🐣 Happy Hamper 🎨

I have my laundry basket for 14 years now. I wanted a new one, but couldn't find one that I liked or they were wayyyyy too expensive. So I decided to revamp my basket. If it turned out OK. Happy days, if not I'd continue to look.
My poor tired basket.
I got regular house paint, two pillow cases, elastic, trim, and little decorative bits I have here, because I can't stop building a little treasure trove of bits and bobs that I think I'll use that for that idea, then I forget the inspiring idea I had to start off with so I now have lots of little bits.
This piece drives me nuts , every time I'm putting washing in the cotton liner falls in too. I tried putting a stitch in each corner. It worked for a while, but then it came apart. Back to drive me nuts again.
Tired and grubby looking.
I used white paint I had bought to paint my ceiling. It went on lovely so now I'm in love with it, best ceiling paint EVER. No empty promises of great coverage, it does exactly as it should. It covers fantastically.
Old liner.
I cut up the old liner to make a pattern for cutting the new liner out of pillow cases,
It was beginning to look fresher. While the paint dried I got my sewing machine set up and opened the seams on the pillow cases to make the new liner.
It's always a good idea to measure twice then cut once. It saves you from doing the jump up an down dance. Arghhhh!!!
I sewed an measured and made sure I had enough overlap to add elastic through to hem seam.
I ran elastic through a hem seam to prevent the liner from falling in to the bag along with laundry. This for me made me happy.
I add trim to make it look prettier. I then sewed a fancy little stitch to enhance it.
I've had this little blackboard a few years, so I wrote a note to myself...
My note.
Now my freshly painted, fresh lined, clean laundry basket.
I hope I'll get 14 more years out of it.
Now it's back to where it should be, standing proud in my utility room.
Bring on the washing. .....

Suggested materials:

  • Basket, pillow cases, paint  (At home)
  • Trim, black board, tiny pegs.  (At home)

Top Hometalk Projects

11 Unexpected Ways to Use Spices in Your Home
30 Unusual & Helpful Gardening Tips You'll Want To Know
31 Creative Garden Features Perfect For Summer
17 DIY Projects You Can Start And Finish Tonight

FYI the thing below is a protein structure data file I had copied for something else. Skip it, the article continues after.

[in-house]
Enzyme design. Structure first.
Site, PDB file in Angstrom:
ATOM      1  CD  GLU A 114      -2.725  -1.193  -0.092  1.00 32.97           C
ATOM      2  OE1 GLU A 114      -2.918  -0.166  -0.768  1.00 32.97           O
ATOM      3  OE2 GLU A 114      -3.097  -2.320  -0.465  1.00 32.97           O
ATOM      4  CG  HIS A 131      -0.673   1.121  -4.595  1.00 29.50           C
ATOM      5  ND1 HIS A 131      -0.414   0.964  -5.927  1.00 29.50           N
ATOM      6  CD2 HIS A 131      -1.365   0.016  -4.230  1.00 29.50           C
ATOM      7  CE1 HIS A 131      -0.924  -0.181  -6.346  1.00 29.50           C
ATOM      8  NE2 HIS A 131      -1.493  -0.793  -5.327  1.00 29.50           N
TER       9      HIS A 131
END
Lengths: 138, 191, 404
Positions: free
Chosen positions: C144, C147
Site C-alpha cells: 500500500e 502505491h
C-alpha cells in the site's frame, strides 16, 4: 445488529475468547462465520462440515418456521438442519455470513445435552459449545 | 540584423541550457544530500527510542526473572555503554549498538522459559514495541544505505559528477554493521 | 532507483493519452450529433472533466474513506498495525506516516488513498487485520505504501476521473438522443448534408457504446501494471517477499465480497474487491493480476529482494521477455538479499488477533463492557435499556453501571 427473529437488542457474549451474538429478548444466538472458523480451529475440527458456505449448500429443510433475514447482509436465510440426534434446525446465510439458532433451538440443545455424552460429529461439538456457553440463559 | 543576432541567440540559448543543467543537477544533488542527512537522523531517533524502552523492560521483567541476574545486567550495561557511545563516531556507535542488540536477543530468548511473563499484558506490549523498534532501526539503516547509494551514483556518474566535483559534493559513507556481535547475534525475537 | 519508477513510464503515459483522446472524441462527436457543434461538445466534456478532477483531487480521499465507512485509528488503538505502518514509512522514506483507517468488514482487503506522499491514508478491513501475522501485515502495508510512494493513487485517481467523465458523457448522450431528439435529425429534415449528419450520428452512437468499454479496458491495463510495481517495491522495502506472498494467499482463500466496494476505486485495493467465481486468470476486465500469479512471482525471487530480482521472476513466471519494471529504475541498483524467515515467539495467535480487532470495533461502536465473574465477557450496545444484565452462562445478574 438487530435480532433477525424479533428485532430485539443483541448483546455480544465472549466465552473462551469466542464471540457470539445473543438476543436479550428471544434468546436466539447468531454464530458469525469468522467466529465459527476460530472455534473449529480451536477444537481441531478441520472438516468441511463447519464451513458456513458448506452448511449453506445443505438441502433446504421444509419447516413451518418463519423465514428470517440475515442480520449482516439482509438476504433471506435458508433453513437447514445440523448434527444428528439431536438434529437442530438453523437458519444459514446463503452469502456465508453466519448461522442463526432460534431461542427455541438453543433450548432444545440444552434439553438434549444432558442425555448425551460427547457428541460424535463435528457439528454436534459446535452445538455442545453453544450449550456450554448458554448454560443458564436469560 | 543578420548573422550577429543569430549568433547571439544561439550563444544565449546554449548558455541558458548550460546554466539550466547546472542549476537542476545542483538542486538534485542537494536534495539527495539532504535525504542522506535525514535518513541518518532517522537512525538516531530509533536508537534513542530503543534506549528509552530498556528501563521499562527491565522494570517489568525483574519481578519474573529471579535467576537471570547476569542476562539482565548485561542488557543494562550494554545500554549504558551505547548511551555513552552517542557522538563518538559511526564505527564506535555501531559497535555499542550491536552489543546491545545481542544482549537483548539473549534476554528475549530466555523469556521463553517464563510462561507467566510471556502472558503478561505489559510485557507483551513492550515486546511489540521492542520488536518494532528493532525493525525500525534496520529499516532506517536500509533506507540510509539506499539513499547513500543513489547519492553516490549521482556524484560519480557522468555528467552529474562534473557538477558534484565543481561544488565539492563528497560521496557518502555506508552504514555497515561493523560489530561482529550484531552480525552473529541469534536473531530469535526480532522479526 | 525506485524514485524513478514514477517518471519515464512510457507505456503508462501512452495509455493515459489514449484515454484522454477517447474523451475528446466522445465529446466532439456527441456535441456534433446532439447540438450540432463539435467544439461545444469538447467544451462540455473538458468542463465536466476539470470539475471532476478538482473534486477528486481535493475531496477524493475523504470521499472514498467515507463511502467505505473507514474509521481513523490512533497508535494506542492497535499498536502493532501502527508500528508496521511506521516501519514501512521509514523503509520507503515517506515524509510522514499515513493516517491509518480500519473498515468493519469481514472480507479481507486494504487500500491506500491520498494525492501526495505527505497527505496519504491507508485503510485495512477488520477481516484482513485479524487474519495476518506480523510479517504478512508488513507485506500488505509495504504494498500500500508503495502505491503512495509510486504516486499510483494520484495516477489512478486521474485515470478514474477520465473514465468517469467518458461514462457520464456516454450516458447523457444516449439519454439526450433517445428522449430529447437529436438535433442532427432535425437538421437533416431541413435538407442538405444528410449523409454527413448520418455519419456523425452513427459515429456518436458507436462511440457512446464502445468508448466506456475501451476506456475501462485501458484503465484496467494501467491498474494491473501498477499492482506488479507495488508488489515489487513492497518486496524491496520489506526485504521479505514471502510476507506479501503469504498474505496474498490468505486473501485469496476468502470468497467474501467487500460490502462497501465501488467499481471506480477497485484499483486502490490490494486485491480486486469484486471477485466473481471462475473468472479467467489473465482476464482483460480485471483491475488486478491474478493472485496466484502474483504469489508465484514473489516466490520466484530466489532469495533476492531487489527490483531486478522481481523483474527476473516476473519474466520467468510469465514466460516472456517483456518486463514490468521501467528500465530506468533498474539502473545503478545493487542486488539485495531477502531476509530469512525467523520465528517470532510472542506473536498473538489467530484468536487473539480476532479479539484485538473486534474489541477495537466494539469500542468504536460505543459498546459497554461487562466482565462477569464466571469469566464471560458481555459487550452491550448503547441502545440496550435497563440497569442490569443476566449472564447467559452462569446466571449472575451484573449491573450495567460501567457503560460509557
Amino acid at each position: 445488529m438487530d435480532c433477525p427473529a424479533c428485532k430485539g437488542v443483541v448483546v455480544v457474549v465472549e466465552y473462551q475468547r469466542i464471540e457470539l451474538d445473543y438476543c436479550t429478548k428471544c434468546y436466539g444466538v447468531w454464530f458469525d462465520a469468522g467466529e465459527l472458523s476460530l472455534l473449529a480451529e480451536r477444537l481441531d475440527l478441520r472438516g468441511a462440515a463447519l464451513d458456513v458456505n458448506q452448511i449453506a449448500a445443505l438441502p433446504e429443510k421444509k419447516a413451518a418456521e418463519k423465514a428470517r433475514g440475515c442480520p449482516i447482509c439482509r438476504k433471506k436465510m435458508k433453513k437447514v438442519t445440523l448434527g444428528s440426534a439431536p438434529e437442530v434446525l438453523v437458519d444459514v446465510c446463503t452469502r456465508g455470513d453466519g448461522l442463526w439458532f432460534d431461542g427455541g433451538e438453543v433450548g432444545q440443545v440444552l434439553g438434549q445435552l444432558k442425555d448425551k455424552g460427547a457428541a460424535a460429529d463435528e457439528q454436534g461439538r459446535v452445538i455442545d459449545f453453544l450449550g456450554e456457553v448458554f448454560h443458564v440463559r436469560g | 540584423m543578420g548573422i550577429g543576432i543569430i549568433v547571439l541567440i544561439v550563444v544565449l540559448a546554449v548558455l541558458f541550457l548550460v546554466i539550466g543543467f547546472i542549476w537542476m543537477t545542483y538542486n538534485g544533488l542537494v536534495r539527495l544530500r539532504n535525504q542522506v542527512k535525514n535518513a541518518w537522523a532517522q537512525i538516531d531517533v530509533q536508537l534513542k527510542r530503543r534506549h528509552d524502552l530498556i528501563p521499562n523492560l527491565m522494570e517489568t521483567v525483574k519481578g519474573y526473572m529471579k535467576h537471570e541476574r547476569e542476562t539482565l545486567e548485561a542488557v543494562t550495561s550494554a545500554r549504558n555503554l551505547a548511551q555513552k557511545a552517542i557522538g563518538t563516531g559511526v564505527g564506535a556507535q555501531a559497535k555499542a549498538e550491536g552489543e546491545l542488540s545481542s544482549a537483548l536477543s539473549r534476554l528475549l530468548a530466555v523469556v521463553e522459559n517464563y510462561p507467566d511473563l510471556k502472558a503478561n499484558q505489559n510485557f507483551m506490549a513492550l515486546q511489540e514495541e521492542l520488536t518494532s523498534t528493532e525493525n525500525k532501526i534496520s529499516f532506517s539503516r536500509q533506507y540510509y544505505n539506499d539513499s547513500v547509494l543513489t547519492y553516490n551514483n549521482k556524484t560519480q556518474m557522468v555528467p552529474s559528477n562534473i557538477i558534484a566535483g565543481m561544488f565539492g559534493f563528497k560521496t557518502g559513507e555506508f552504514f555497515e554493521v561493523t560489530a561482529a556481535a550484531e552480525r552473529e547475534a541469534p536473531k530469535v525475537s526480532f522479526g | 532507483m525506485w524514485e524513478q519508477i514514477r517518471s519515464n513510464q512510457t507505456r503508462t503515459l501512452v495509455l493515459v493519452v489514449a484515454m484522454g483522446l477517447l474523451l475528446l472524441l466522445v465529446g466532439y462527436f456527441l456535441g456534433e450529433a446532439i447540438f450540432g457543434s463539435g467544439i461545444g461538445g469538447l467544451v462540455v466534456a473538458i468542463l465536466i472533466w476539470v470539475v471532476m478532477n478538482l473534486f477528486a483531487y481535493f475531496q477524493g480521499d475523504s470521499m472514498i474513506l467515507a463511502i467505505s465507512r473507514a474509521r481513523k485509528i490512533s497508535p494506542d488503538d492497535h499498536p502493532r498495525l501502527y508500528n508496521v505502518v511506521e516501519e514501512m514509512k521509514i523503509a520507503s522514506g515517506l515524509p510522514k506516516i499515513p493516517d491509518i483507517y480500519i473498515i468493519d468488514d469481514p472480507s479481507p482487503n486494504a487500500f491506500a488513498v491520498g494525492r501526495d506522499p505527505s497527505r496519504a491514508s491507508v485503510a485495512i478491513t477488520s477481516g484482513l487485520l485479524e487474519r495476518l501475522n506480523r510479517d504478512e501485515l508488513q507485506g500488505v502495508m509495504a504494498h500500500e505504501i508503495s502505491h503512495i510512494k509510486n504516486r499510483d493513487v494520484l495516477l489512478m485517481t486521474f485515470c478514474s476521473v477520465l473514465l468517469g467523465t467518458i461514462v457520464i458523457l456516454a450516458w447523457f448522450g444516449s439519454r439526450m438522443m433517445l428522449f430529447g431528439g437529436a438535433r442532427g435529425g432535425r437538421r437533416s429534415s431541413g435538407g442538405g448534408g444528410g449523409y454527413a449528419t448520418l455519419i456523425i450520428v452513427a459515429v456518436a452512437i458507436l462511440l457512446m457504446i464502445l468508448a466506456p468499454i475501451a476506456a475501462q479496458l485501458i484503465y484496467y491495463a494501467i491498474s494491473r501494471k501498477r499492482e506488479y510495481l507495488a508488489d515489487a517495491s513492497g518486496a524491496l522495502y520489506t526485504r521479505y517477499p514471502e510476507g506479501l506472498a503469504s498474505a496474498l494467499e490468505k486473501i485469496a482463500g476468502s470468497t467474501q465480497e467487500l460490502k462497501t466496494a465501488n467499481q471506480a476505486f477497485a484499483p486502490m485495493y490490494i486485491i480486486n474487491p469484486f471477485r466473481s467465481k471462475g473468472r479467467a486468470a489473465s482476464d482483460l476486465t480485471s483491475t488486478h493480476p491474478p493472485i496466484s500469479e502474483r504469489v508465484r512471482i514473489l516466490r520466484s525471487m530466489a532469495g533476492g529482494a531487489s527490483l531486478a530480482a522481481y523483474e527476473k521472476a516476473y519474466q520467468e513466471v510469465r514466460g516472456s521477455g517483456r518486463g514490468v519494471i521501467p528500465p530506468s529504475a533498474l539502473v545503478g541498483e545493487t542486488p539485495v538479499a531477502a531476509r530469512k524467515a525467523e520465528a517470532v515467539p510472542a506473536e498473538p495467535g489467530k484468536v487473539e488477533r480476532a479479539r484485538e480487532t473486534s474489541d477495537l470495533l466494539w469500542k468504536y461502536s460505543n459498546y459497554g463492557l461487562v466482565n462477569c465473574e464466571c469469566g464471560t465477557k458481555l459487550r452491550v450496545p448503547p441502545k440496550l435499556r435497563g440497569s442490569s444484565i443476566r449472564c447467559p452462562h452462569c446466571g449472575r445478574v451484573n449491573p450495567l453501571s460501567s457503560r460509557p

31 Amazing Furniture Flips You Have to See to Believe
30 Reasons We Can’t Stop Buying Michaels Storage Crates
15 Kitchen Updates Under $20
15 Gorgeous Bohemian Inspired Decor Items To Make For Yourself
15 Genius Curtain Ideas To Instantly Upgrade Your Space
13 Essential Repair Tricks That Everyone Needs To Know
14 DIY Hacks to Stay Clean While Camping
15 Genius Curtain Ideas To Instantly Upgrade Your Space
15 Genius Curtain Ideas To Instantly Upgrade Your Space
30 Brilliant Things You Can Make From Cheap Thrift Store Finds!
16 Ways to Showcase Your Herb Garden

Have a question about this project?

2 questions
  • Peggy Burnette
    on Apr 10, 2017

    Does anyone have a pattern for a clothes pin holder the kind you use outside? mine has had it. Thanks

    • Carey
      on Apr 15, 2017

      TO use your old Clothespin bag for a pattern: Turn it inside out and flatten it as best you can. Spritz it and iron. Then use newspaper or newsprint to draw around it. Add a seam allowance and you have your basic pattern. Cut two if you want a single layer of fabric or if you want it a bit easier and stronger, cut 4. Two for the back and two for the front. You can use foil to get the cut out for the opening. Turn the old clothespin holder over hole on top, and lay a sheet of foil over the opening and press all around the opening. Cut the foil around the opening on the INSIDE of the hole also allowing for a seam allowance, and use this to cut the front hole for the clothes pins. Put right sides of the front together, sew across the area where the hanger will be put, then sew around the hole across the top first, then each side and last across the bottom of the hole. Turn it right side out after carefully clipping the seam to make the curves turn smoothly. Press. You can top stitch around the opening in order to help keep it as you pressed it. Sew the top of the bag leaving an opening for the hanger to go through. Sew the top of the back together where you intend the hanger to be. This encloses the seam so that the hole for the hanger will be enclosed. Put the back and front together right sides together. Sew around the bag, leaving the opening for the hanger. Turn it right side out ao that the seams are on the inside, put the hanger into it and wahlah, you have your new clothes pin holder. If you want to use a french seam, put right sides together sew a 1/4" seam around. Turn bag inside out, and press in order to make it easier to stitch around and enclose the seam. Turn right side out, put in the hanger and you have your bag completed.
  • Nguyet
    on Apr 11, 2017

    What is the brand name of the ceiling pain't you used?
    • Carey
      on Apr 15, 2017

      There is an often overlooked elastic that would be great for a project like this! Use the elastic from an old pair of men's underwear. It is an excellent elastic, and if you need longer than the one piece you can put more together and sew very easily. Some women's underwear would work as well, but they tend to be more delicate and so not as strong for such a project. This was a GREAT idea! It also makes it so that the liner can we washed as needed and kept clean as well!

Join the conversation

2 of 43 comments
  • Sandra
    on Apr 21, 2017

    Thanks will freshen up my basket.
  • Linda Dublin
    on May 17, 2017

    I purchased this same unit about 9 yrs ago and I use it as a garbage can in my kitchen with heavy duty garbage bags. When company arrives we simply put the lid down for a cute basket in the kitchen. Works great
Your comment...